have predicted. At the eleventh round, poor Ned refused to "give in"; the
brawny pugilist, unhurt, in good wind, and pale with concentrated and as
yet unslaked revenge, had the gratification of seeing his opponent seated
upon his second's knee, unable to hold up his head, his left arm
disabled; his face a bloody, swollen, and shapeless mass; his breast
scarred and bloody, and his whole body panting and quivering with rage
"Give in, Ned, my boy," cried more than one of the bystanders.
"Never, never," shrieked he, with a voice hoarse and choking.
Time being "up," his second placed him on his feet again. Blinded with
his own blood, panting and staggering, he presented but a helpless mark
for the blows of his stalwart opponent. It was plain that a touch would
have been sufficient to throw him to the earth. But Larkin had no notion
of letting him off so easily. He closed with him without striking a blow
(the effect of which, prematurely dealt, would have been to bring him at
once to the ground, and so put an end to the combat), and getting his
battered and almost senseless head under his arm, fast in that peculiar
"fix" known to the fancy pleasantly by the name of "chancery," he held
him firmly, while with monotonous and brutal strokes he beat his fist, as
it seemed, almost into his face. A cry of "shame" broke from the crowd,
for it was plain that the beaten man was now insensible, and supported
only by the herculean arm of the bully. The round and the fight ended by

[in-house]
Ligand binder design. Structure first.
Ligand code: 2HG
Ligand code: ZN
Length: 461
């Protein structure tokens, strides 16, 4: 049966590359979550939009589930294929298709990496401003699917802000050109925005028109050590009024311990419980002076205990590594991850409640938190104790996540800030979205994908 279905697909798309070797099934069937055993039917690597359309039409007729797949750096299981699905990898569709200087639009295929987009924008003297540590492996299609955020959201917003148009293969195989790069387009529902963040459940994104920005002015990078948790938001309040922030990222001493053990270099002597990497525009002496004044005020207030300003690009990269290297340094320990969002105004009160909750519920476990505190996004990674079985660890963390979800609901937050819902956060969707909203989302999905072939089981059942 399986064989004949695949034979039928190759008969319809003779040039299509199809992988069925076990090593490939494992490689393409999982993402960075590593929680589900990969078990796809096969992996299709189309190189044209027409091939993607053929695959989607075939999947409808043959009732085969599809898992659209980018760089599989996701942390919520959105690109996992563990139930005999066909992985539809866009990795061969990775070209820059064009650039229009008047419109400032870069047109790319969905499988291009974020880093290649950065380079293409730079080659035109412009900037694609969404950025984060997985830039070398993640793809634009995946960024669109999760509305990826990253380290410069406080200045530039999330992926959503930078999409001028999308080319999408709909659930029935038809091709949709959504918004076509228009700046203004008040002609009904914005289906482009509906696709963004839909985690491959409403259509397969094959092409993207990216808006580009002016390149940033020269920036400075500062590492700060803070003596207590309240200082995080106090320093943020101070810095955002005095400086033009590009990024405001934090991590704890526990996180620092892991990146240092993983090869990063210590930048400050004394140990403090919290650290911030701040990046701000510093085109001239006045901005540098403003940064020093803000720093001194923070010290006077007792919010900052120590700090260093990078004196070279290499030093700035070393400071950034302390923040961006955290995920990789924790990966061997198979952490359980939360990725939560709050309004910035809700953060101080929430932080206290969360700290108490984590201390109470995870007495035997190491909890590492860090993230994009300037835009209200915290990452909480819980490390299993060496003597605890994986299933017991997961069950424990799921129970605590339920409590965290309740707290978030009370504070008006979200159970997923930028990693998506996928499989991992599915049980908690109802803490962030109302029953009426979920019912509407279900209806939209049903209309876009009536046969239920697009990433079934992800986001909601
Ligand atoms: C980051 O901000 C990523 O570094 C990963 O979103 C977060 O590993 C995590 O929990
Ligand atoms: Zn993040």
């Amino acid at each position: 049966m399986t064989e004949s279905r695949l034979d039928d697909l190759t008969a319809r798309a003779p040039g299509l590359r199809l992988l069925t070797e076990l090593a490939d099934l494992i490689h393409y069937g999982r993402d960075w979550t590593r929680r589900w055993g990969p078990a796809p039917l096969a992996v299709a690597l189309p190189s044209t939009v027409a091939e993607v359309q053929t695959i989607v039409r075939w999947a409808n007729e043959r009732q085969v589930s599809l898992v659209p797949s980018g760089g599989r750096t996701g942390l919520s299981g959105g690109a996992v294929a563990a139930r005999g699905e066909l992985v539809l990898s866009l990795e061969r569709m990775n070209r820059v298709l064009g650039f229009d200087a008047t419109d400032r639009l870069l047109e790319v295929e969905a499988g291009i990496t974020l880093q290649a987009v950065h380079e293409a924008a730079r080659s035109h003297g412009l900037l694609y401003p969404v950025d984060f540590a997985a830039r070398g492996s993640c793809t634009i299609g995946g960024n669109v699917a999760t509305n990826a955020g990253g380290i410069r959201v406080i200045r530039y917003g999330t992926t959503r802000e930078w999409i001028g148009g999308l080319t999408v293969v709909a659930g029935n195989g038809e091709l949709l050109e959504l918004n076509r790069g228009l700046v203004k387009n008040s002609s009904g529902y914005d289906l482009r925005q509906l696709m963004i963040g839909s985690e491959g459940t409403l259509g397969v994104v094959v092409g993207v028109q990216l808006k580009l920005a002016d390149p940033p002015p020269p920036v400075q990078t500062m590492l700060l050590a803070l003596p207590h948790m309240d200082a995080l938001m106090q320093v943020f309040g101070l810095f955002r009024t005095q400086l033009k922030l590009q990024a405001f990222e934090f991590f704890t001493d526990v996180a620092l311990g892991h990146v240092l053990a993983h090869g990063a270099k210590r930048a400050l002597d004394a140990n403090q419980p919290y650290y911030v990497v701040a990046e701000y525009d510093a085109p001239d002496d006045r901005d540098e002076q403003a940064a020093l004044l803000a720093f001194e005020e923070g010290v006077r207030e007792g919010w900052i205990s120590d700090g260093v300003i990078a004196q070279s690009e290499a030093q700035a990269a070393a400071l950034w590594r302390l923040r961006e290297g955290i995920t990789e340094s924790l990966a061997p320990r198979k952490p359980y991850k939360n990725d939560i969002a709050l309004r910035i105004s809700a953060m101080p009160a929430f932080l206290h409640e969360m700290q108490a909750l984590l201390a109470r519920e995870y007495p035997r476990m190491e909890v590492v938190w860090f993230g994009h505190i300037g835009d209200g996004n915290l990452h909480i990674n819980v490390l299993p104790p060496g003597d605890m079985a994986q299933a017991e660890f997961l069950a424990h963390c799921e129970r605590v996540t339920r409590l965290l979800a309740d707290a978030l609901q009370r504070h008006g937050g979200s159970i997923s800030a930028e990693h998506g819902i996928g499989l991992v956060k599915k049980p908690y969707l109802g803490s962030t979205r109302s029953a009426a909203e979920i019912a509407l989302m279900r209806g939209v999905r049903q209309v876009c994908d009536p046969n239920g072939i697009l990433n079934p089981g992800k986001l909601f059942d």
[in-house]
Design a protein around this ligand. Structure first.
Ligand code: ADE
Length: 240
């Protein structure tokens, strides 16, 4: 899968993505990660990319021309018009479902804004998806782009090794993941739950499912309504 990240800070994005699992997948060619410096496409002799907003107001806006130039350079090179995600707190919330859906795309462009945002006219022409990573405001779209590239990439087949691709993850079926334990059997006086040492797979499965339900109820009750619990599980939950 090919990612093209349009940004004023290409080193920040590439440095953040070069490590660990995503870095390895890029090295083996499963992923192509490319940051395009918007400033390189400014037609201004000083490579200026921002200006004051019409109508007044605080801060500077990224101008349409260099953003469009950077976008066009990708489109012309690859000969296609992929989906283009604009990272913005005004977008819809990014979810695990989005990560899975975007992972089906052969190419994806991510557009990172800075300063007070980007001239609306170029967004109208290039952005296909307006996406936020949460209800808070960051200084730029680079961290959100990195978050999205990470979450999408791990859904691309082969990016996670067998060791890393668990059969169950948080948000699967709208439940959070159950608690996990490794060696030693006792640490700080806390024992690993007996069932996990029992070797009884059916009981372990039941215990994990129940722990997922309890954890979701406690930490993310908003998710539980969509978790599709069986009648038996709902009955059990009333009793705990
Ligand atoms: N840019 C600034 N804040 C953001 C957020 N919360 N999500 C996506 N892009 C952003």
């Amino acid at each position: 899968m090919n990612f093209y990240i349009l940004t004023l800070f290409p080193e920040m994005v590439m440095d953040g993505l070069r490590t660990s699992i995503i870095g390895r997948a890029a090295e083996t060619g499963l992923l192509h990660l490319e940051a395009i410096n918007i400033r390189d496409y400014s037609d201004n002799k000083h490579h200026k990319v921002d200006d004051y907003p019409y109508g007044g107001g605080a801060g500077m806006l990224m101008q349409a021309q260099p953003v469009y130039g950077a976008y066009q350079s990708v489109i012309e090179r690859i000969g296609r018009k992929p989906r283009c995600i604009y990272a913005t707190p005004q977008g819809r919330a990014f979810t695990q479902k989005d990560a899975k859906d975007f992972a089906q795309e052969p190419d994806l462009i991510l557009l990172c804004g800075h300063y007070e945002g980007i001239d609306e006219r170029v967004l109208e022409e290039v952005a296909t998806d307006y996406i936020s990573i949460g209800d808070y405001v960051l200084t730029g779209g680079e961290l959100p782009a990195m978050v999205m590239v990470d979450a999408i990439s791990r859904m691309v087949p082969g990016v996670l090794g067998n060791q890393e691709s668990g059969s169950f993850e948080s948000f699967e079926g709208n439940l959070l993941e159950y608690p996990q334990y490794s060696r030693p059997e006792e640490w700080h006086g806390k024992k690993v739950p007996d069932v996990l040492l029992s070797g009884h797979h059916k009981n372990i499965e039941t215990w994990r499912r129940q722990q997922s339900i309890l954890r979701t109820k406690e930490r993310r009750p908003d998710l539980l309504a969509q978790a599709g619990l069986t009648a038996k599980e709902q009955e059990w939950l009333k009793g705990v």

his hurling him upon the ground, falling upon him at the same time with
his knee upon his chest.
The bully rose, wiping the perspiration from his white face with his
blood-stained hands, but Ned lay stretched and motionless upon the grass.
It was impossible to get him upon his legs for another round. So he was
carried down, just as he was, to the pond which then lay close to the old
Park gate, and his head and body were washed beside it. Contrary to the
belief of all he was not dead. He was carried home, and after some months
to a certain extent recovered. But he never held up his head again, and
before the year was over he had died of consumption. Nobody could doubt
how the disease had been induced, but there was no actual proof to
connect the cause and effect, and the ruffian Larkin escaped the
vengeance of the law. A strange retribution, however, awaited him.
After the death of Long Ned, he became less quarrelsome than before, but
more sullen and reserved. Some said "he took it to heart," and others,
that his conscience was not at ease about it. Be this as it may, however,
his health did not suffer by reason of his presumed agitations, nor was
his worldly prosperity marred by the blasting curses with which poor
Moran's enraged mother pursued him; on the contrary he had rather risen
in the world, and obtained regular and well-remunerated employment from
the Chief Secretary's gardener, at the other side of the Park. He still
lived in Chapelizod, whither, on the close of his day's work, he used to
return across the Fifteen Acres.
It was about three years after the catastrophe we have mentioned, and
late in the autumn, when, one night, contrary to his habit, he did not
appear at the house where he lodged, neither had he been seen anywhere,
during the evening, in the village. His hours of return had been so very
regular, that his absence excited considerable surprise, though, of
course, no actual alarm; and, at the usual hour, the house was closed for
the night, and the absent lodger consigned to the mercy of the elements,
and the care of his presiding star. Early in the morning, however, he was
found lying in a state of utter helplessness upon the slope immediately
overlooking the Chapelizod gate. He had been smitten with a paralytic
stroke: his right side was dead; and it was many weeks before he had
recovered his speech sufficiently to make himself at all understood.
He then made the following relation:—He had been detained, it appeared,
later than usual, and darkness had closed before he commenced his